Go f*** yourself,' Elon Musk tells the advertisers he says X can't live without

Elon Musk infront of a blue background at the DealBook Summit
(Image credit: Slaven Vlasic / Stringer / Getty Images)

In a strange and viral interview with Andrew Ross Sorkin at the NYT DealBook conference on Wednesday, Space X and Tesla mogul Elon Musk said that the advertising boycott currently plaguing X is going to “kill the company” if they don’t return, shortly after he told those same advertisers “go f*** yourself.”

In a widely shared moment during the 90-minute conversation, Musk was asked about the public perception that he was on some sort of “apology tour” following his recent endorsement of an anti-semitic post on the platform which has caused a cascade of major companies, including Apple, to withdraw their advertising from the platform.

“I hope they stop,” Musk interjected. “Don’t advertise.” Clearly taken aback, Sorkin asked him what he meant, to which Musk replied “If somebody is going to try to blackmail me with advertising, blackmail me with money, go f*** yourself… Go f*** yourself! Is that clear? I hope it is.” In case it wasn’t clear, he then yelled “Hey Bob”, a jest at Bob Iger, CEO of Disney, which recently withdrew its adverts from the platform formerly known as Twitter and has given no thought to when they might return.  

Here lies Twitter - iMore’s take 

Obviously even more taken aback, Sorkin pressed Musk on the economics of X and that stance, whereupon Musk repeated the letters “G, F, Y,” before casually admitting that “this advertising boycott is going to kill the company.” Musk went on to state that the whole world would know it was those advertisers that killed the company, and that people would document it “in great detail.”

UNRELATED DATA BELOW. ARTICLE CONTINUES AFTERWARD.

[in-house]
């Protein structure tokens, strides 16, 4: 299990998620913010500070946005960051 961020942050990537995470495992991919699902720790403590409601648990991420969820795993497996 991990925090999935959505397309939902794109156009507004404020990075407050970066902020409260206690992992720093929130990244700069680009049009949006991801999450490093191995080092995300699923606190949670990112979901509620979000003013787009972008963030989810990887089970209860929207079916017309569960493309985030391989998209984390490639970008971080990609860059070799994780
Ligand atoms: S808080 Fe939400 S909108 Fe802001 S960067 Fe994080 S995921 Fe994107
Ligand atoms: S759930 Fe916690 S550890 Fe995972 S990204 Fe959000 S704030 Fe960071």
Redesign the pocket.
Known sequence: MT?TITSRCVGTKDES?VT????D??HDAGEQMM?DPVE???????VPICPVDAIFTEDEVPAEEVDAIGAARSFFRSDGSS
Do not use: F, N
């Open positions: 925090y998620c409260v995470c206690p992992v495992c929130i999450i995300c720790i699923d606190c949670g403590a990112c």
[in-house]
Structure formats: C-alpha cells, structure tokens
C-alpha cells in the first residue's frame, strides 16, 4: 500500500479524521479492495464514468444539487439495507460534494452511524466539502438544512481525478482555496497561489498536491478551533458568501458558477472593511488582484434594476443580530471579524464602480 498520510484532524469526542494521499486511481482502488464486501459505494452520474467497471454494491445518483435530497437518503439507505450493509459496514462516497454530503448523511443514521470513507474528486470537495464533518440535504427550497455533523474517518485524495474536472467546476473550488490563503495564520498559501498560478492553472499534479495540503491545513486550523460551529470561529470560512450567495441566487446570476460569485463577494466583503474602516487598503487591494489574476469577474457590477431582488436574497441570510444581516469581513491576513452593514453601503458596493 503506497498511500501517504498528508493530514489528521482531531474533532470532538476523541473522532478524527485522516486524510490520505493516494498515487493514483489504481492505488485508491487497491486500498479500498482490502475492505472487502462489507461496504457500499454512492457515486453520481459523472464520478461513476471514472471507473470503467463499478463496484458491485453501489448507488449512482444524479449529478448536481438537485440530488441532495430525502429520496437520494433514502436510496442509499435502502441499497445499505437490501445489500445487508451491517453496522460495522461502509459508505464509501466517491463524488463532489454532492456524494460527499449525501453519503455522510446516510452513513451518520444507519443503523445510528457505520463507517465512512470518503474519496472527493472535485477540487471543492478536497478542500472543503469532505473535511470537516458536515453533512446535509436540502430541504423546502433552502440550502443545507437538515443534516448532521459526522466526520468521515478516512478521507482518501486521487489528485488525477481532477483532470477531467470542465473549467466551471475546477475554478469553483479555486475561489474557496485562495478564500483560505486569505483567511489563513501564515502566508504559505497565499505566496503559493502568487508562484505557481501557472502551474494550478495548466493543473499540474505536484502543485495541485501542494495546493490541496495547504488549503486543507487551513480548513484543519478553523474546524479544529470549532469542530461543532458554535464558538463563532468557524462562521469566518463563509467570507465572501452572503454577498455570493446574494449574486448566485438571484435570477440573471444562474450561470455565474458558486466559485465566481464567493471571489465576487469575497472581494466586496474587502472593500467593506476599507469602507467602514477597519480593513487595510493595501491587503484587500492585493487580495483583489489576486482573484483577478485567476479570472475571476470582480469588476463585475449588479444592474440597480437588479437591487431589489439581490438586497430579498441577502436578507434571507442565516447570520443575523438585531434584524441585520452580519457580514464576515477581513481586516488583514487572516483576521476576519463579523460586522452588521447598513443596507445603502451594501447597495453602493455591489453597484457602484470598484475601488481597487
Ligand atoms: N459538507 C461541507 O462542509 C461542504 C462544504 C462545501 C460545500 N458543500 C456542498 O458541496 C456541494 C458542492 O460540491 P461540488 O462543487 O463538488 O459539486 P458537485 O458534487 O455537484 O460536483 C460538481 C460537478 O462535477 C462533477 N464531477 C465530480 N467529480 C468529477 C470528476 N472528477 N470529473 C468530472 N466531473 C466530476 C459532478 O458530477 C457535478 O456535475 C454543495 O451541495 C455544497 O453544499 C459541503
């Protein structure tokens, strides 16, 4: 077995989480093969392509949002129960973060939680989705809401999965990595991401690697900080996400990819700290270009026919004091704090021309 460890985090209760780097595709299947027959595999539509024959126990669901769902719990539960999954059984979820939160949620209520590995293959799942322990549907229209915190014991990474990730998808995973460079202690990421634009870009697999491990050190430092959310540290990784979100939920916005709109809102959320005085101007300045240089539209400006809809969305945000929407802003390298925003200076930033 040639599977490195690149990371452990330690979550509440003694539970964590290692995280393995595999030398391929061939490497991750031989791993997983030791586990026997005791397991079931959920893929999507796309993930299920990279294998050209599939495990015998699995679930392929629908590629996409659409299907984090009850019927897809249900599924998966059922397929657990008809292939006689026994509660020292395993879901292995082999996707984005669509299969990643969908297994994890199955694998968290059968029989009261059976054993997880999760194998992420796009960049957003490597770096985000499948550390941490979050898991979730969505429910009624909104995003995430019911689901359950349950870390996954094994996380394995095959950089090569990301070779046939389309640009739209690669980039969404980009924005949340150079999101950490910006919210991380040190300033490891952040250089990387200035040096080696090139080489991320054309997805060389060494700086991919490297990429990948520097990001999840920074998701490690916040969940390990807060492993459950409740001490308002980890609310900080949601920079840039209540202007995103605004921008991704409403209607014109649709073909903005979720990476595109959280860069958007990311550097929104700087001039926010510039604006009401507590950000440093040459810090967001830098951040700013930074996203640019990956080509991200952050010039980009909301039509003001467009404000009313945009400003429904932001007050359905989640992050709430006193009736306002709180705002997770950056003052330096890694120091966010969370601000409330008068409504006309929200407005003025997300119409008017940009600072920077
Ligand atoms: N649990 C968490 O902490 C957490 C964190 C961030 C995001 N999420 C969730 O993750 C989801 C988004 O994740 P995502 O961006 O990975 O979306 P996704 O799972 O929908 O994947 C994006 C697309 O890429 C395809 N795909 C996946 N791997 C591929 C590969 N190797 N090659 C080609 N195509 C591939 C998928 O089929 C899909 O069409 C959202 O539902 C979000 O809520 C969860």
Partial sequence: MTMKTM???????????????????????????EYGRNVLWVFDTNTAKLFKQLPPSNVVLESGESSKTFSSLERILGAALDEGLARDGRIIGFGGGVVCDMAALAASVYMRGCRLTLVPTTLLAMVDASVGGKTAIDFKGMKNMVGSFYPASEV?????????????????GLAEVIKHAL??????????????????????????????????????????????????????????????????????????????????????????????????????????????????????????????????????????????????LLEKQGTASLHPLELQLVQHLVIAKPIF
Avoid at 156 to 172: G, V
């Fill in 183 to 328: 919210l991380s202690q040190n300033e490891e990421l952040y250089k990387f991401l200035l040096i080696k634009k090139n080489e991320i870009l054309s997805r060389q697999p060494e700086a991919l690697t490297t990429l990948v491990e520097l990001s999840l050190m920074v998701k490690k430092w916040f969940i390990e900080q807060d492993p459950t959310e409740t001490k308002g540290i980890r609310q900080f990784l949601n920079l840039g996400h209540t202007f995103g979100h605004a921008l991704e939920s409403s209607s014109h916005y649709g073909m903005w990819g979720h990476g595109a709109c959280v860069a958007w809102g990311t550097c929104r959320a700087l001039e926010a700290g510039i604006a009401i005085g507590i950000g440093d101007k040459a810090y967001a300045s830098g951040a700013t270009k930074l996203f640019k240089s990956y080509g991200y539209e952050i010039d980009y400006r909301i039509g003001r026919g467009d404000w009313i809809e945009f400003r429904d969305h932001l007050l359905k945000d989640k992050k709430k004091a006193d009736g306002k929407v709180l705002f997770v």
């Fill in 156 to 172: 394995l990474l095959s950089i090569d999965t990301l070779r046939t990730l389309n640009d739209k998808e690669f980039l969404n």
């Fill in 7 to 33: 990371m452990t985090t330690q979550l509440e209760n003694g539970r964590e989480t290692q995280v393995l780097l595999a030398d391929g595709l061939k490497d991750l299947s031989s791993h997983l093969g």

Sorkin pointed out that advertisers would likely say that he had killed the company, having generated a platform they no longer felt comfortable advertising on, to which he replied “Let’s see how Earth feels about that.”

Musk’s comments ring more like the ramblings of a madman than the considered rhetoric of a CEO. Perhaps more interestingly, Musk almost seems to relish the prospect that an advertising boycott might indeed kill X, as though he and his platform might become the ultimate victims in this story. Certainly, his musings on stage and barb at Iger do not portray Musk as a CEO actually concerned about the demise of his company, which he seems to think is imminent. 

Tasked with damage limitation, CEO Linda Yaccarino took to X in the wake of the interview to say that X is “a platform that allows people to make their own decision” and one that stands “ at a unique and amazing intersection of Free Speech and Main Street” for advertisers. As one commenter noted, “‘go f*** yourselves’ is certainly a clear position but I wouldn't call it a classic apology.” 

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Stephen Warwick
News Editor